In theory, Level 42 are a band that should never have worked; just take a look at the sum of their parts: There was a balding front-man with a knack of producing awkward facial expressions as he sang, whilst simultaneously thrashing the strings of his Bass guitar with a thumb wrapped in tape; a guitarist who never smiled and looked permanently bored; a camp keyboard player with some ridiculous falsetto vocals and finally, a skinny, bespectacled drummer who possibly looked the coolest out of the bunch but was resigned to the background. Add to this some truly awful clothes decisions and you have a band that must have been every record company marketing department’s worst nightmare. Thankfully, the guys could actually play their instruments and managed to knock out some half-decent songs amongst their jazz-funk offerings, once savoir faire with the early 80’s Essex Soul-boy scene.
My attention was first diverted to this unlikely bunch in the summer of 1983 when their single ‘The Sun Goes Down (Living It Up)’ made the UK top 10. With its super-phat Bass line and the overdubbed tom fill in the middle, there was enough in there to make me sit up and listen, but it was a long way from where I was heading musically. Jump to 1984 and the band were back in the UK charts with ‘Hot Water’, featuring a cheeky drum-fill in the middle-8, the likes of which, was pretty much disallowed by producers at the time. Without a doubt, Phil Gould’s impressive drumming was slowly bedding itself into my sub-consciousness.
Toward the end of 1986, my Copeland/Brzezicki obsession was losing ground to the work of Phil Gould on the band’s ‘World Machine’ album and the soon to be released ‘Running in the Family’. Here was a drummer who could nail incredibly tasteful grooves whilst throwing in some really clever bits, without getting in the way of the song. Add to this that the guy was ambidextrous and one of the main songwriters, it was clear I was going to have to lose those Octobans and get me some of that funky stuff going on.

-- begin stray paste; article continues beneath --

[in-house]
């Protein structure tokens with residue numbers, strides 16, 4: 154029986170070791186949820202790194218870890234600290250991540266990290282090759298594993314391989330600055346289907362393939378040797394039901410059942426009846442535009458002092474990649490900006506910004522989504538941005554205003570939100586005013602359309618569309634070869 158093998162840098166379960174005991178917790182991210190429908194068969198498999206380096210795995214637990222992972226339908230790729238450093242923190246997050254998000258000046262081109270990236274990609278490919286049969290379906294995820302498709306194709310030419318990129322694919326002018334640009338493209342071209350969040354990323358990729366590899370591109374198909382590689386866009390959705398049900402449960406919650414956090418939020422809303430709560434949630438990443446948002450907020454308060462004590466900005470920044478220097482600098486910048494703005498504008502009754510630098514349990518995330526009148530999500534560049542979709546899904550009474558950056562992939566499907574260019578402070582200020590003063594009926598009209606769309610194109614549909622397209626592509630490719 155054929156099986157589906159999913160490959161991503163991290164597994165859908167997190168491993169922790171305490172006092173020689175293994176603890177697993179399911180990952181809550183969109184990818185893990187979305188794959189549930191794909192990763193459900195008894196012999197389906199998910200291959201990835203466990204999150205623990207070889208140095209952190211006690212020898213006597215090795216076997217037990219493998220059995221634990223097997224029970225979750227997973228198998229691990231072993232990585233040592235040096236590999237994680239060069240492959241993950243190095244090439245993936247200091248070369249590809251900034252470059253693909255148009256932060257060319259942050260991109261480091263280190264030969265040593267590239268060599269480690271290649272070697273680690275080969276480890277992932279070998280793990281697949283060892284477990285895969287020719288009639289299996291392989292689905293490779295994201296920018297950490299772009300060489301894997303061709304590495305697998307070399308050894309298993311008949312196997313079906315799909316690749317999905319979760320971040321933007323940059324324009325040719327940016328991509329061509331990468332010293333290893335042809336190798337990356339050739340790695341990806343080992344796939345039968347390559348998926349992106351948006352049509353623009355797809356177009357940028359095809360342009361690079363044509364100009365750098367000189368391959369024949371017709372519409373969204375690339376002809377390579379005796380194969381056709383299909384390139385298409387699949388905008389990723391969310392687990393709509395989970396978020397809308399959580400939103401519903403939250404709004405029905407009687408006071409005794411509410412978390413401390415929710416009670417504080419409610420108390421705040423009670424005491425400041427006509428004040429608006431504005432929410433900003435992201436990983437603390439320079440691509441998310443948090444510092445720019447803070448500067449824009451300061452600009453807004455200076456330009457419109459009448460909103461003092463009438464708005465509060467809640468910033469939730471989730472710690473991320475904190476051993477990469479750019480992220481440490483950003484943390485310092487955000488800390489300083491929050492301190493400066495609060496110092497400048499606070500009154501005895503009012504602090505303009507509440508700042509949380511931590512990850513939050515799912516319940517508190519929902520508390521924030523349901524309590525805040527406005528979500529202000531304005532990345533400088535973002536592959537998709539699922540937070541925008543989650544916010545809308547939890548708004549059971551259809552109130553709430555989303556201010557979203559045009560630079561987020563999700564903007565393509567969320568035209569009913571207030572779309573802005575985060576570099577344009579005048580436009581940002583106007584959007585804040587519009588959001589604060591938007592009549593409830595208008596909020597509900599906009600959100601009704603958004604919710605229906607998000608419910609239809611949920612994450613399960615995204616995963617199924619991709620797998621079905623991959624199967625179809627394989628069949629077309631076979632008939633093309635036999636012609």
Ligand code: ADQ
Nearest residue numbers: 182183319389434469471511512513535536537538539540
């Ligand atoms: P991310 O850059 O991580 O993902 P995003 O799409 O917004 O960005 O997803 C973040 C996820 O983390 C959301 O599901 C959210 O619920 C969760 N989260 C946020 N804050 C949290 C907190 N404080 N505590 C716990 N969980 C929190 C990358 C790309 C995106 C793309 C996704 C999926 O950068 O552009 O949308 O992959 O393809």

During 1987 I changed my allegiance from Celtic Rock to the pop-funk sound of Level 42, seeing the band twice in concert and lapping up every grace note Phil Gould could throw at my drum-hungry ears. I even managed to end up at a Polydor après-gig party in London, attended by Boon Gould – but that’s another story. Little did I know, standing only feet away from Phil’s sibling, the seeds of partition had already been sown within their ranks.
As far as I was concerned, Level 42 were riding on the crest of a wave and embodied everything that I wanted as a musician and from a band. They had regular chart success, album sales, arena gigs, peak time TV appearances and had finally cleaned up their image by employing fashion guru’s to make them more presentable to the wider public. So it was quite a shock to me when Polydor announced that the Gould brothers had departed due to “nervous exhaustion”. Well, if that sort of success was the cause of “nervous exhaustion”, then I’d gladly have a piece of that. Were these guys mad or what? Being a naïve spectator, I failed to understand that for the Gould’s, especially Phil, the artistic sacrifices made to please a sales-hungry record company were quite a few steps too far outside of his comfort zone. Add to this the extra pressures that mainstream success inflicts on domestic life, something had to give. In this case, it was the brothers Gould. Being completely ignorant of the fact that Phil Gould cared more about musical integrity than cow-towing to A&R guys and was literally prepared to walk away from a situation that confined him artistically, I remained gob smacked at his decision. It was many years later after finding out for myself what a pathetic, transient, vacuous machine the music industry was and still is, that I had an understanding of why he walked away. No doubt the continuous publishing royalties he would receive as a writer made his decision less financially crippling, but it was still a brave move to make in the name of art and integrity.
Following the Gould’s departure, two camps of Level 42 fans emerged; the ones who believed it was all over and the others who embraced the continuation with a new line up. I found myself siding with the former, convinced that the heart had been ripped out of the band and dismissive of replacements. Whilst Level 42 immersed themselves further into the record company compliance pop machine, I joined the ranks of ex-fans, anxiously waiting for the Gould’s to emerge with new projects. We were to wait a very long time and even then; fleeting website activity and a doomed post-wedding reception reunion were the only brief tasters on offer. Throughout these barren years, I kept my hopes up that one day Phil would resurface to continue what he does best. Finally, after over 20 years in hibernation, he seems ready to find his audience again – albeit from a cottage industry operation. But at least he does it on his terms and we get to share where his musical head is today, after far too much time away.